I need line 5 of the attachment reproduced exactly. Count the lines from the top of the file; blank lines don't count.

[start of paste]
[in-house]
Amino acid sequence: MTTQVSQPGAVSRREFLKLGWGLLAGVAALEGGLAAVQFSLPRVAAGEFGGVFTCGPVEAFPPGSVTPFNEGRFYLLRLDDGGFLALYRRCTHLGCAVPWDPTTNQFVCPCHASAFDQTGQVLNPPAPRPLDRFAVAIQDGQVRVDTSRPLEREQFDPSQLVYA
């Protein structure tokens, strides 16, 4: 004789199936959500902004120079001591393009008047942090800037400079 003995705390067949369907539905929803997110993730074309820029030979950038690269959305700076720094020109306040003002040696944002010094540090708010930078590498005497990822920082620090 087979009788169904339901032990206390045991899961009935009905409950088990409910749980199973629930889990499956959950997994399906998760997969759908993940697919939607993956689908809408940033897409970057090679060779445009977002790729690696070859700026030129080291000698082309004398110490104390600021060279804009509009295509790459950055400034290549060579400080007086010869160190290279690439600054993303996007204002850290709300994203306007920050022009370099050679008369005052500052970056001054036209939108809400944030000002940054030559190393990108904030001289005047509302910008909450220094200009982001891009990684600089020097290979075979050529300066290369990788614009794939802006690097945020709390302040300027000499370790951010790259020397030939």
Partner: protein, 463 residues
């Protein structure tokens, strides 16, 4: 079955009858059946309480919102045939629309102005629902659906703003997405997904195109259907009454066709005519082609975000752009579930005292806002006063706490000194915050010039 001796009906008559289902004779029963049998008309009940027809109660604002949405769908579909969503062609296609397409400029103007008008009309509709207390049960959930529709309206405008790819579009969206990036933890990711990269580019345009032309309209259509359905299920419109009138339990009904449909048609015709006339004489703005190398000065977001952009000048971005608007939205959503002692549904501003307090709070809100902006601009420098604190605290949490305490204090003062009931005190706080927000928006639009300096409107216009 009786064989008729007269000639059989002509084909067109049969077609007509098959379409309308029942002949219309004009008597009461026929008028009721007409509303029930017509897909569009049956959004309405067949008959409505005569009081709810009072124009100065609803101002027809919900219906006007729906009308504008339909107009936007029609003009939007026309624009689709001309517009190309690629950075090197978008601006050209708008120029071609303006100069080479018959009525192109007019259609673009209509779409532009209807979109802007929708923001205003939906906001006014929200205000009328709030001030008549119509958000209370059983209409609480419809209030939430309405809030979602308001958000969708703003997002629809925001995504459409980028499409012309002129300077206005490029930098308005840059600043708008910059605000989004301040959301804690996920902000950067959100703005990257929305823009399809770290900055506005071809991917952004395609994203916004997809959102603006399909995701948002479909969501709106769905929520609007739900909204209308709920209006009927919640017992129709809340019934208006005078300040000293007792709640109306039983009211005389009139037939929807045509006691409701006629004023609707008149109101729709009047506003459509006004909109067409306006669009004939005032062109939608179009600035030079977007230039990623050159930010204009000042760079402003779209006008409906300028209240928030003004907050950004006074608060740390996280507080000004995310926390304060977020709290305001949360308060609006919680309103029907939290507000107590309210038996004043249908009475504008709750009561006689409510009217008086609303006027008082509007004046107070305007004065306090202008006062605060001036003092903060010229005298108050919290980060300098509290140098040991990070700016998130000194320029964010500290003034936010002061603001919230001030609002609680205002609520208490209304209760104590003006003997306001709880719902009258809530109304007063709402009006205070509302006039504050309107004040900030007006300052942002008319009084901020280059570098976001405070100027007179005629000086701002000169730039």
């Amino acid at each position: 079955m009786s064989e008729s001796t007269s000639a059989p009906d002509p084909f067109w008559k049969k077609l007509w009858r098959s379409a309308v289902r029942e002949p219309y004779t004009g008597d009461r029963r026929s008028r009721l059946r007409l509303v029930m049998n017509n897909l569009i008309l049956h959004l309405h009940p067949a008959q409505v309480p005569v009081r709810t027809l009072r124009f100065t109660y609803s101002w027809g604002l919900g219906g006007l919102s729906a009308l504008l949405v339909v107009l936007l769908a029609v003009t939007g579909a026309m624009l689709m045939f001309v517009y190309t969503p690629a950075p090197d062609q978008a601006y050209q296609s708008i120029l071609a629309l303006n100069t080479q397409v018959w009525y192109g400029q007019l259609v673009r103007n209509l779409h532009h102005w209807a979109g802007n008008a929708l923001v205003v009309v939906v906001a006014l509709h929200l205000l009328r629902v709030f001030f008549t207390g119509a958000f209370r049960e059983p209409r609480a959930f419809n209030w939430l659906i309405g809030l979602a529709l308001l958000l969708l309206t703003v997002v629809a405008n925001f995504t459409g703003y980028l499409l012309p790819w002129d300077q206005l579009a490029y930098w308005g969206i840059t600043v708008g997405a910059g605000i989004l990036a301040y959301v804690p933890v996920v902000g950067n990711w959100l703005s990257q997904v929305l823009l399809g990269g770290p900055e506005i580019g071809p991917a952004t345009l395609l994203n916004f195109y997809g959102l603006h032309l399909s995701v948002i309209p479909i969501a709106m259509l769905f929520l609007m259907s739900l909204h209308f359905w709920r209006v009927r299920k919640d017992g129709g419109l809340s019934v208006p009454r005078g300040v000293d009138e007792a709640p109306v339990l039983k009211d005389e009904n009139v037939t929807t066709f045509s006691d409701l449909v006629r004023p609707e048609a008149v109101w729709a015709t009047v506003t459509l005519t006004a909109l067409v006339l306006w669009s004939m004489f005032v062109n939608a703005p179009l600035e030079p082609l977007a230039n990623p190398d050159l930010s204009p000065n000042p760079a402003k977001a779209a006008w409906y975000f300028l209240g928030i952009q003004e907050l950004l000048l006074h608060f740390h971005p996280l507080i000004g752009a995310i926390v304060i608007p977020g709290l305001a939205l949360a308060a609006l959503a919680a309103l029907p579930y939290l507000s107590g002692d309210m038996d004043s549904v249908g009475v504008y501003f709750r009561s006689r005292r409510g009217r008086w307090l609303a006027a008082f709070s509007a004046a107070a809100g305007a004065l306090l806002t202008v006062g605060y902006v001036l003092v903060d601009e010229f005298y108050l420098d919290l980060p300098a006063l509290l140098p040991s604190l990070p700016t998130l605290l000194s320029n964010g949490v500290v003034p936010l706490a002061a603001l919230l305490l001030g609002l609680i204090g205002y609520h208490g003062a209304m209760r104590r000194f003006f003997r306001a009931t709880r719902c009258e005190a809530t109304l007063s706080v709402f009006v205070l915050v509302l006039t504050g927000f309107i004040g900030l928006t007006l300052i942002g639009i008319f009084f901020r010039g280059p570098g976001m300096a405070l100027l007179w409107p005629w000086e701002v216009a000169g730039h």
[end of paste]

């Protein structure tokens, strides 16, 4: 079955009858059946309480919102045939629309102005629902659906703003997405997904195109259907009454066709005519082609975000752009579930005292806002006063706490000194915050010039 001796009906008559289902004779029963049998008309009940027809109660604002949405769908579909969503062609296609397409400029103007008008009309509709207390049960959930529709309206405008790819579009969206990036933890990711990269580019345009032309309209259509359905299920419109009138339990009904449909048609015709006339004489703005190398000065977001952009000048971005608007939205959503002692549904501003307090709070809100902006601009420098604190605290949490305490204090003062009931005190706080927000928006639009300096409107216009 009786064989008729007269000639059989002509084909067109049969077609007509098959379409309308029942002949219309004009008597009461026929008028009721007409509303029930017509897909569009049956959004309405067949008959409505005569009081709810009072124009100065609803101002027809919900219906006007729906009308504008339909107009936007029609003009939007026309624009689709001309517009190309690629950075090197978008601006050209708008120029071609303006100069080479018959009525192109007019259609673009209509779409532009209807979109802007929708923001205003939906906001006014929200205000009328709030001030008549119509958000209370059983209409609480419809209030939430309405809030979602308001958000969708703003997002629809925001995504459409980028499409012309002129300077206005490029930098308005840059600043708008910059605000989004301040959301804690996920902000950067959100703005990257929305823009399809770290900055506005071809991917952004395609994203916004997809959102603006399909995701948002479909969501709106769905929520609007739900909204209308709920209006009927919640017992129709809340019934208006005078300040000293007792709640109306039983009211005389009139037939929807045509006691409701006629004023609707008149109101729709009047506003459509006004909109067409306006669009004939005032062109939608179009600035030079977007230039990623050159930010204009000042760079402003779209006008409906300028209240928030003004907050950004006074608060740390996280507080000004995310926390304060977020709290305001949360308060609006919680309103029907939290507000107590309210038996004043249908009475504008709750009561006689409510009217008086609303006027008082509007004046107070305007004065306090202008006062605060001036003092903060010229005298108050919290980060300098509290140098040991990070700016998130000194320029964010500290003034936010002061603001919230001030609002609680205002609520208490209304209760104590003006003997306001709880719902009258809530109304007063709402009006205070509302006039504050309107004040900030007006300052942002008319009084901020280059570098976001405070100027007179005629000086701002000169730039």